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Casual Games Providers Experiencing Growing Pains

July 12, 2006

SEATTLE, Washington — Anyone desperate for a break from crunching numbers, minding the kids or studying for exams knows how easy it can be to find distraction in the simple brain teasing of computer games like Sudoku, solitaire or mahjong.

And that’s exactly what online game services from companies such as RealNetworks Inc. and Electronic Arts Inc. are banking on. As more people get hooked on playing such “casual games” online, game providers are seeking out better ways to make money off the phenomenon.

“You’re seeing that there’s a big audience for it. The challenge has really been monetizing that audience and getting them to pay for it,” said David Cole, president of market research firm DFC Intelligence.

Casual games — generally defined as easy-to-learn, one-player games that you can play for five minutes or five hours — are alluring to companies in part because they tend to attract women and people over 35. That’s quite a different audience than the young men traditionally associated with video game consoles and other types of computer games.

The business also is attractive because, if the right sales model is found, companies say it can be highly profitable. That’s especially true for those who produce the games in-house, and then can easily — and cheaply — modify them for multiple countries and languages.

“There are a few things that are wonderful about the games business,” said Rob Glaser, chief executive of Seattle-based RealNetworks, whose casual games division represented 21 percent of the company’s overall revenue in the first quarter of this year.

But one big challenge is that many of the games are available for free. To make money, companies are trying out a number of ideas, including embedding advertising into free games, selling all-you-can-play memberships devoid of ads and using free trials to entice people to purchase downloadable versions.

“There’s been a lot of trying everything to see what tracks, to see what works — a lot of experimentation,” said Anita Frazier, an industry analyst with NPD Group.

Still, many expect the business of selling casual games online to only get stronger.

DFC Intelligence estimates that revenues from casual games worldwide will grow to $953 million this year, from $713 million last year, after steadily rising from $228 million in 2002.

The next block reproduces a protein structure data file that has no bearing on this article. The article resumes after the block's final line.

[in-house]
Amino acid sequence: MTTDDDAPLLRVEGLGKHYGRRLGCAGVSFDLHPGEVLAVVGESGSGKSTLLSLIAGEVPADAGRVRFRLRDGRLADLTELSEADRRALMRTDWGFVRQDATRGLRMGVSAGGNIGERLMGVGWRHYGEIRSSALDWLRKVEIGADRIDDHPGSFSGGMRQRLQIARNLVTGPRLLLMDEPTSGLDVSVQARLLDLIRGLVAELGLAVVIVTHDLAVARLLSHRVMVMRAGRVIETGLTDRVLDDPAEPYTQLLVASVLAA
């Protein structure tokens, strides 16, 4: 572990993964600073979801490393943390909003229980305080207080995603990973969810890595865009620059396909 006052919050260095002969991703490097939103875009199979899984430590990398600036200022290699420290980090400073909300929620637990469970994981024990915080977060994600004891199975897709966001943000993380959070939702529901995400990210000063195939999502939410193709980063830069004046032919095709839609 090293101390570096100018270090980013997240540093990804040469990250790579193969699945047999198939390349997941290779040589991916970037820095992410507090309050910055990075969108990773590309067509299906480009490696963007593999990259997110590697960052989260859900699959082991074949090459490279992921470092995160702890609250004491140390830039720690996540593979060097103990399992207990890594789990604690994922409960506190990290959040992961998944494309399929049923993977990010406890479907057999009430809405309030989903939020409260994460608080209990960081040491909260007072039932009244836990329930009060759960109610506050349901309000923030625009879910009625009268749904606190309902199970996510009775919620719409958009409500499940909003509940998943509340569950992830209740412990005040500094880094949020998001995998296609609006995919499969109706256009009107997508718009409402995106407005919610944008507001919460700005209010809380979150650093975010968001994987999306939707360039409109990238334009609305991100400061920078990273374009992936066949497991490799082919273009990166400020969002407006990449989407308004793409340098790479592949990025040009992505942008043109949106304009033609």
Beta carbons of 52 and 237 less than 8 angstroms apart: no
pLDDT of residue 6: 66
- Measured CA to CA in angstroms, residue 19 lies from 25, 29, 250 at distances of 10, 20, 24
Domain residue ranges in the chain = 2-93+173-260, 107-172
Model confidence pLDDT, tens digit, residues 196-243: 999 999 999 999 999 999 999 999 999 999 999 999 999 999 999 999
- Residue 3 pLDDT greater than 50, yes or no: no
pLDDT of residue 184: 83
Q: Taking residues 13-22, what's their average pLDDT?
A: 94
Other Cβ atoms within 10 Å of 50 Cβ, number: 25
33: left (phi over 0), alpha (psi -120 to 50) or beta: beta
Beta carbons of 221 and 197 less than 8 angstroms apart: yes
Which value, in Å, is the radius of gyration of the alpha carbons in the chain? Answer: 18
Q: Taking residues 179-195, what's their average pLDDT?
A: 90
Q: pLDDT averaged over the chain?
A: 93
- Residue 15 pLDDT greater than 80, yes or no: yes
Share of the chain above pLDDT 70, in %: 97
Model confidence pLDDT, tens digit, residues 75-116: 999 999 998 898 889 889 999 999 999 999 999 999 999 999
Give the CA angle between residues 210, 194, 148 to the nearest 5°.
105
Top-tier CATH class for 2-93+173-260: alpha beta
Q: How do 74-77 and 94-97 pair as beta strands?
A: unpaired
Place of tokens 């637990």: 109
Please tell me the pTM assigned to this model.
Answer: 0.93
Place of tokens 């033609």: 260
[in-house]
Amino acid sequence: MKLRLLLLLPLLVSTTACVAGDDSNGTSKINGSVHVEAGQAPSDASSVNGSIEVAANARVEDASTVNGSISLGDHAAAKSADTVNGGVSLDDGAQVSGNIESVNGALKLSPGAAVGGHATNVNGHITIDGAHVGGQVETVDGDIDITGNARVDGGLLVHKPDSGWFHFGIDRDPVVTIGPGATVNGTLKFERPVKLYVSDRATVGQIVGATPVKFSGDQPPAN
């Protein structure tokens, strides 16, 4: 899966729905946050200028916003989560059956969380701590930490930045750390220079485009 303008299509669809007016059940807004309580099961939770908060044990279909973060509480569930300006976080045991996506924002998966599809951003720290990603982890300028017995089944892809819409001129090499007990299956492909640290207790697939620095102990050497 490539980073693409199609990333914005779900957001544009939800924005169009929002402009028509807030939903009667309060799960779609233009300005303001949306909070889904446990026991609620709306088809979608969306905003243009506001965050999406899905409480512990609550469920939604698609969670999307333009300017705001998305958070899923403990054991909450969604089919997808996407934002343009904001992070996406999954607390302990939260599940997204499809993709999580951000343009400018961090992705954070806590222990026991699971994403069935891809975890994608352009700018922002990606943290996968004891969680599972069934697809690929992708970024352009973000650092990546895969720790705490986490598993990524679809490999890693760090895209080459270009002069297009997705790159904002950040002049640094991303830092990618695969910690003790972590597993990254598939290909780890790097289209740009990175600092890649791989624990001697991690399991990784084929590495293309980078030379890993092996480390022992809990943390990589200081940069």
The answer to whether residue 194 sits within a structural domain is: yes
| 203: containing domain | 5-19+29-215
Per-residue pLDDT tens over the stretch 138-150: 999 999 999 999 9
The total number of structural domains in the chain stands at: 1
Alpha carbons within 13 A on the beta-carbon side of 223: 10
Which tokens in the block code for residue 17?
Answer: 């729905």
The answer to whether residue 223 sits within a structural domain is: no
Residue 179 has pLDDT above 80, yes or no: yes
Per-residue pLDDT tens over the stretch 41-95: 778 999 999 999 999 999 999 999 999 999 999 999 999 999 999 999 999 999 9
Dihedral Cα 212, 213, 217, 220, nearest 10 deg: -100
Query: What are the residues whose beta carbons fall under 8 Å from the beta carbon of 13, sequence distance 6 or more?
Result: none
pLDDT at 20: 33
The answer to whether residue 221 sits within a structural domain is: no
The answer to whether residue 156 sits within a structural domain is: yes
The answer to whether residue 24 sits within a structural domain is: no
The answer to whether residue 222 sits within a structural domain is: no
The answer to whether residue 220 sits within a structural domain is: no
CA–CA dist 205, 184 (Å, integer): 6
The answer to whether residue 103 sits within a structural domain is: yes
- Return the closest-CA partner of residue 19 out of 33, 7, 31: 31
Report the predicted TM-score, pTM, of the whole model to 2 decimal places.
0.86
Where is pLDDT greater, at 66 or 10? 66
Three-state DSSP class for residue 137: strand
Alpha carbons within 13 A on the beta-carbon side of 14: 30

But Frazier, with NPD Group, notes that online game sales have partly come at the expense of profits companies used to make selling games in retail stores.

Electronic Arts’ Pogo unit offers free casual games, a subscription service and downloads. Beatrice Spaine, senior director of Pogo marketing, said the business has been profitable because the company has been able to make money off different users in different ways.

For example, teens may be willing to sit through ads but unwilling to pay for a service, while an older woman may be more willing to pay the $35 per year subscription fee so she doesn’t have to wait for intermittent ads.

The advertising industry’s increased interest in online opportunities also has helped. A few years ago, Spaine said one big challenge was convincing advertisers that anyone but young men were playing its games. But in part because many of the sites’ users are women over age 35, the company has recently been able to sell ads for name brands like Dove soap, she said.

Still, Cole of DFC Intelligence notes that major brands targeting women are still primarily interested in traditional advertising, like in television and glossy magazines, rather than in online games.

“It’s still small potatoes when you look at what they can do in terms of mass advertising,” he said.

For now, RealNetworks’ Glaser said his company primarily gets money from people buying its subscription game service or purchasing downloads for about $20. But many in the industry estimate that only about 2 percent of free trial downloads are converted into purchases, so companies including RealNetworks are mixing advertising more deeply into free versions.

In one recent promotion on Electronic Arts’ Pogo service, a game where the user aims to eliminate rows of bubbles was tweaked to instead show rows of Oreo cookies, which would drop into a glass of milk when cleared.

RealNetworks recently started displaying ads during downloading and at regular intervals during game play, and the company also is considering letting people play trial versions longer if they consent to more advertising.

Glaser said RealNetworks increased the ads cautiously because it was wary of alienating users already loyal to a less ad-cluttered service.

“The idea is to do this in a way that sorts of adds to the ecology of the games business, rather than to do it in a way that either turns off consumers so they don’t download them or (takes) from existing revenue streams,” Glaser said.

Besides Electronic Arts and RealNetworks, the most popular online game sites are from Yahoo Inc., Microsoft Corp.’s MSN and Time Warner Inc.’s AOL, according to data from comScore MediaMetrix. As the business grows, a key challenge is keeping users from drifting off to other sites where similar games might be available.

Paul Thelen, chief executive of Big Fish Games Inc., uses mass mailings and other tactics to aggressively try to reach customers — and then employs regular e-mails and an optional toolbar to try to keep them.

“We call ourselves a marketing distribution company, and our product is games,” he said.

The tactic appears to be paying off. Privately held Big Fish said revenue for its game site grew to about $6 million in the second quarter ended June 30, from $1.16 million a year earlier. The four-year-old company broke even in the most recent quarter, Thelen said.




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